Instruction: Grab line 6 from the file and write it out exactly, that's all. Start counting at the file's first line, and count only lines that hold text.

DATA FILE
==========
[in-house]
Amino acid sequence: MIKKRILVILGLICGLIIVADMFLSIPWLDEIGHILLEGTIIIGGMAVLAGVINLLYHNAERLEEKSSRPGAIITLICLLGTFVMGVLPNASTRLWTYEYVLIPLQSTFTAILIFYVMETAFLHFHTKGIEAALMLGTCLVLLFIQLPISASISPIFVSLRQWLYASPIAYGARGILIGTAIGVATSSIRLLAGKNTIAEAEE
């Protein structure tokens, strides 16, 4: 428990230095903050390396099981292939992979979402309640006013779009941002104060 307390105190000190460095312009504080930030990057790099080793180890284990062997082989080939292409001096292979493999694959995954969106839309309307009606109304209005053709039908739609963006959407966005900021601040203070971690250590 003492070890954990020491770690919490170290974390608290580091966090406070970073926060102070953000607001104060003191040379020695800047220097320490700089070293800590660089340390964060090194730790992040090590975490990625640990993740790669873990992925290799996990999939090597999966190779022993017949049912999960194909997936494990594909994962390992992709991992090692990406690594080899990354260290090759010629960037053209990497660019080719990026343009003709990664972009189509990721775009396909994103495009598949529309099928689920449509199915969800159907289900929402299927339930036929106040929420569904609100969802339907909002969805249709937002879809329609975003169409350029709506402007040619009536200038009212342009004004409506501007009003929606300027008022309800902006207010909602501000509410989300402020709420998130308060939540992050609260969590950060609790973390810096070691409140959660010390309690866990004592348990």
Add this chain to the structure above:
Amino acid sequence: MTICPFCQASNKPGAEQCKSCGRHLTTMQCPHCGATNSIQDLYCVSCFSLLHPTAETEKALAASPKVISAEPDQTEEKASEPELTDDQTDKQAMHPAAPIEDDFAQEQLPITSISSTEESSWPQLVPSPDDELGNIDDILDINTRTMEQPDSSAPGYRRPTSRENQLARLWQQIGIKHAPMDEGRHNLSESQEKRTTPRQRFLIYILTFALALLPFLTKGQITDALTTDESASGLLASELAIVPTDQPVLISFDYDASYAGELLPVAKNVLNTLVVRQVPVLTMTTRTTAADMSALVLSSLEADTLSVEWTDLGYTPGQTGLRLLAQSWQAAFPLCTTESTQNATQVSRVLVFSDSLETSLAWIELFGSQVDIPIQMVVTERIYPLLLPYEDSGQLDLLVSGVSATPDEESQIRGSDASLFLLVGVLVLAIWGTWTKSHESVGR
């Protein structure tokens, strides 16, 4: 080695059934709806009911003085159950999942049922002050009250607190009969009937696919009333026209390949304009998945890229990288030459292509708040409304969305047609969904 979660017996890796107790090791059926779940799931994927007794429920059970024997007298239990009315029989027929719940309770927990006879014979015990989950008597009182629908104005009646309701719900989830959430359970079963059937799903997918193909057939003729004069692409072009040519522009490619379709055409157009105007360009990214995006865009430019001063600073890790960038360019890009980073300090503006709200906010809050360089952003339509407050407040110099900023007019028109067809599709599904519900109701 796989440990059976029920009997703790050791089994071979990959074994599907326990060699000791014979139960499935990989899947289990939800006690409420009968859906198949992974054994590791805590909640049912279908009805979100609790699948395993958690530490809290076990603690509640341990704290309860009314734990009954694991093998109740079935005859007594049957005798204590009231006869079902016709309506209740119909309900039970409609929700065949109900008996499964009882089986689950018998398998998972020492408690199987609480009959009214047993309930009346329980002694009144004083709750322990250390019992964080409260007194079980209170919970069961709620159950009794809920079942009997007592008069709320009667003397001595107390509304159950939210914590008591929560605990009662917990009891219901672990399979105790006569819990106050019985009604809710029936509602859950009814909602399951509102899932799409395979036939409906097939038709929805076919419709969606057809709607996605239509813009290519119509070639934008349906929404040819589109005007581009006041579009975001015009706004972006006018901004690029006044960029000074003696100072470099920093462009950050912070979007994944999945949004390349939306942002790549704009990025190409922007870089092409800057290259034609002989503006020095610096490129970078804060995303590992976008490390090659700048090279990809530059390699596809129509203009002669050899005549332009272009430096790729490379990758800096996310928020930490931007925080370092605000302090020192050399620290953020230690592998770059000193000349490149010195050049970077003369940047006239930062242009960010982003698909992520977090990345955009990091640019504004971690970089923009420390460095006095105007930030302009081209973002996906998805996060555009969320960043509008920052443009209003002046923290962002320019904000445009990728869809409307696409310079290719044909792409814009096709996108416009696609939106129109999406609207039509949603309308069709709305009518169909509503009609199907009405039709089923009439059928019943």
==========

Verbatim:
């Protein structure tokens, strides 16, 4: 080695059934709806009911003085159950999942049922002050009250607190009969009937696919009333026209390949304009998945890229990288030459292509708040409304969305047609969904 979660017996890796107790090791059926779940799931994927007794429920059970024997007298239990009315029989027929719940309770927990006879014979015990989950008597009182629908104005009646309701719900989830959430359970079963059937799903997918193909057939003729004069692409072009040519522009490619379709055409157009105007360009990214995006865009430019001063600073890790960038360019890009980073300090503006709200906010809050360089952003339509407050407040110099900023007019028109067809599709599904519900109701 796989440990059976029920009997703790050791089994071979990959074994599907326990060699000791014979139960499935990989899947289990939800006690409420009968859906198949992974054994590791805590909640049912279908009805979100609790699948395993958690530490809290076990603690509640341990704290309860009314734990009954694991093998109740079935005859007594049957005798204590009231006869079902016709309506209740119909309900039970409609929700065949109900008996499964009882089986689950018998398998998972020492408690199987609480009959009214047993309930009346329980002694009144004083709750322990250390019992964080409260007194079980209170919970069961709620159950009794809920079942009997007592008069709320009667003397001595107390509304159950939210914590008591929560605990009662917990009891219901672990399979105790006569819990106050019985009604809710029936509602859950009814909602399951509102899932799409395979036939409906097939038709929805076919419709969606057809709607996605239509813009290519119509070639934008349906929404040819589109005007581009006041579009975001015009706004972006006018901004690029006044960029000074003696100072470099920093462009950050912070979007994944999945949004390349939306942002790549704009990025190409922007870089092409800057290259034609002989503006020095610096490129970078804060995303590992976008490390090659700048090279990809530059390699596809129509203009002669050899005549332009272009430096790729490379990758800096996310928020930490931007925080370092605000302090020192050399620290953020230690592998770059000193000349490149010195050049970077003369940047006239930062242009960010982003698909992520977090990345955009990091640019504004971690970089923009420390460095006095105007930030302009081209973002996906998805996060555009969320960043509008920052443009209003002046923290962002320019904000445009990728869809409307696409310079290719044909792409814009096709996108416009696609939106129109999406609207039509949603309308069709709305009518169909509503009609199907009405039709089923009439059928019943």